Volunteers armed with shovels and picks remove clusters of houndstongue from a high elevation meadow in the Raggeds Wilderness on the Gunnison and White River National Forests. (U.S. Forest Service/Dan Gray)
The Raggeds Wilderness, a nearly 65,000-acre area on the Gunnison and White River National Forests near Paonia, Colorado, is prime elk habitat with herd numbers in the hundreds.
Acres of undisturbed coniferous forests are interspersed with open slopes of wet meadows thick with grasses and sedges, a nutritious diet for elk needing to fatten up for the winter. But houndstongue, a purple-flowered invasive weed that takes root alongside nutritious plants, is toxic to elk. Read more »
Plant data is collected from a fen that sits at 11,000 feet near Mount Emmons on the Gunnison National Forest in Colorado. (U.S. Forest Service)
Sloshing through a wet meadow in ankle deep water, I am surrounded by thick mats of sedges, rushes and some beautiful wildflowers. This saturated meadow lies in the shadows of the 13,000-foot Sheep Mountain peak near Trout Lake, Colorado. It is a scenic spot, rich in plant diversity, but also a unique habitat in Colorado.
I am visiting this lush, high-altitude wetland with the Grand Mesa Uncompahgre and Gunnison National Forests’ lead hydrologist, Gary Shellhorn who explains that this wet meadow is called a fen. Fens are peat-forming wetlands, created when wetland plants die leaving mats of dead and decaying plant matter. Fens are sustained by mineral-enriched groundwater, which is less acidic. For this reason fens support a more diverse plant and animal community. In southern Colorado, it takes about 2,000 years to accumulate eight inches of peat at a fen. This suggests that most fens are 4,000 to 10,000 years old. Read more »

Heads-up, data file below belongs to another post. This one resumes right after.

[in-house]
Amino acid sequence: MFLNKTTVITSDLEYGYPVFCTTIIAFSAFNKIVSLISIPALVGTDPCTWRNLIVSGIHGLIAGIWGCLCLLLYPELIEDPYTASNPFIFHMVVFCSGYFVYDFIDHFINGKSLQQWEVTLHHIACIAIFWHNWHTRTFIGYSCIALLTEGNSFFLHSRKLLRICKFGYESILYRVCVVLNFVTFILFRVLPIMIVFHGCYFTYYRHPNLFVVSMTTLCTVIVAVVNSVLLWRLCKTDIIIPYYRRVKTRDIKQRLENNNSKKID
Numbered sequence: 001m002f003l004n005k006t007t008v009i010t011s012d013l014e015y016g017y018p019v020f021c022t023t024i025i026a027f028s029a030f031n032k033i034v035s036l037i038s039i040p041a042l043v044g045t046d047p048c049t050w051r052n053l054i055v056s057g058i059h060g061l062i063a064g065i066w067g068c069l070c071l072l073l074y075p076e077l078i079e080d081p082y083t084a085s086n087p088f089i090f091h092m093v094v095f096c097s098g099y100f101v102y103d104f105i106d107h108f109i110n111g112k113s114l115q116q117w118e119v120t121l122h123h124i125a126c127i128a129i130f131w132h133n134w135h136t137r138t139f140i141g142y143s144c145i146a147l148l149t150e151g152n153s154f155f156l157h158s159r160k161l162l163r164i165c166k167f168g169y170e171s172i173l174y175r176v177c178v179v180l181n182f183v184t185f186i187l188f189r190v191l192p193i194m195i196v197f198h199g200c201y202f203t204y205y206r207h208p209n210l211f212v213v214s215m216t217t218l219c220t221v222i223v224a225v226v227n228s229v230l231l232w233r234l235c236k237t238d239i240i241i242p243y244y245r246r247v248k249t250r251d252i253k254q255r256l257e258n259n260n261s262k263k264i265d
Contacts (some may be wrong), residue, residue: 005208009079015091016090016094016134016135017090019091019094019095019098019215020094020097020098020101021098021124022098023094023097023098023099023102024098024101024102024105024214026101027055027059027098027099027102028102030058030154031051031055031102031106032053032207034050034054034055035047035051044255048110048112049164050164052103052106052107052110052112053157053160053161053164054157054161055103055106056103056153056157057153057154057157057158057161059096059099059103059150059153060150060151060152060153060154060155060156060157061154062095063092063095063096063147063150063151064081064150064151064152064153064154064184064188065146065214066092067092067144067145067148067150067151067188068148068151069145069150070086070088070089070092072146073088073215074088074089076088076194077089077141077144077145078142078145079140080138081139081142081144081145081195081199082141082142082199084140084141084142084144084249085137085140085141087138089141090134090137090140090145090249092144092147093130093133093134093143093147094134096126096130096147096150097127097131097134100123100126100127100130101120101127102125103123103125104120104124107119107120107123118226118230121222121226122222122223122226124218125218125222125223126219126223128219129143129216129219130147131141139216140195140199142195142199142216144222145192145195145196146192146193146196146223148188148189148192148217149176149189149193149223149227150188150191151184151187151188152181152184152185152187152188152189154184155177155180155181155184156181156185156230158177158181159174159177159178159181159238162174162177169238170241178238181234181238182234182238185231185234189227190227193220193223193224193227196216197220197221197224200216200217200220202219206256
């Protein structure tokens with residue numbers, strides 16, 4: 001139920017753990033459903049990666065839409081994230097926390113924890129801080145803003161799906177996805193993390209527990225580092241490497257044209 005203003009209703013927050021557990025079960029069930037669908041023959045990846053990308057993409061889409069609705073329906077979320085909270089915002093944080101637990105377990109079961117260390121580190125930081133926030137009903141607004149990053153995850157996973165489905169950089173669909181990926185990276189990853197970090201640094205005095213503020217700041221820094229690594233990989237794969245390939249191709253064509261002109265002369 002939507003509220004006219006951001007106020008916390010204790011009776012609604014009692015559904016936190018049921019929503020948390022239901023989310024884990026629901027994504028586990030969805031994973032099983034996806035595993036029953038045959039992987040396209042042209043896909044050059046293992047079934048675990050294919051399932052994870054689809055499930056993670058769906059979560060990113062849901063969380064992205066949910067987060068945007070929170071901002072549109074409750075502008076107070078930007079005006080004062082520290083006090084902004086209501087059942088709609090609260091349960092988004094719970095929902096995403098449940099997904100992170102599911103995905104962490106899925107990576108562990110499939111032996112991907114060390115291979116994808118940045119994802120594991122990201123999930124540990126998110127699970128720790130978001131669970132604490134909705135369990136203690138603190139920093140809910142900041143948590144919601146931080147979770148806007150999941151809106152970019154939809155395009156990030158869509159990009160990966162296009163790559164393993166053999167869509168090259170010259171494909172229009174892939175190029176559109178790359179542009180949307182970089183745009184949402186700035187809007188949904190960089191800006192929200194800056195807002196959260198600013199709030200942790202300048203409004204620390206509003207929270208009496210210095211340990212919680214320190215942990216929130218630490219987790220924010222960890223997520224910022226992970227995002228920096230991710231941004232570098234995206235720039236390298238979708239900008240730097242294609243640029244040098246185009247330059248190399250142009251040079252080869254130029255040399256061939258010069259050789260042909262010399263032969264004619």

Kristy Wumkes (left), partnership coordinator on the Canyon Lands Ranger District, and volunteers greets visitors to the U.S. Forest Service booth at the Fort Collins stage finish line. (U.S. Forest Service/Reghan Cloudman)
It was hard to hear over the noise of screaming spectators chanting “USA, USA, USA” recently at the finish line of the USA Pro Challenge in downtown Denver. The city served as the end point for the more than 600-mile, seven-stage road cycling race held in Colorado for the third consecutive year. There were many excited faces in the crowd as 150 professional cyclists from 16 international teams sprinted through the finish line.
“This is not just a bike race,” said a spectator who has attended the event every year. “It’s about the people coming together to take part in creating a memorable event for something we love to do.” Read more »
Prince Albert II of Monaco poses in between Wapiti District Ranger Sue Stresser and Shoshone Forest Supervisor Joe Alexander. (U.S. Forest Service/ Kristie Salzmann)
On a beautiful fall day on America’s first national forest, Prince Albert II of Monaco retraced the steps his great-grandfather took 100 years ago through the wilderness of the Shoshone National Forest in Wyoming.
Prince Albert II helped celebrate on Sept. 20 the centennial anniversary of the hunting trip his great-grandfather, Prince Albert I, took with now-historic figures William “Buffalo Bill” Cody and Abraham Archibald Anderson, the first Special Superintendent of Forest Reserves. The successful hunting trip cemented lasting relationships between the men and established an area in the Absaroka-Beartooth Wilderness, which is still known today as Camp Monaco. Read more »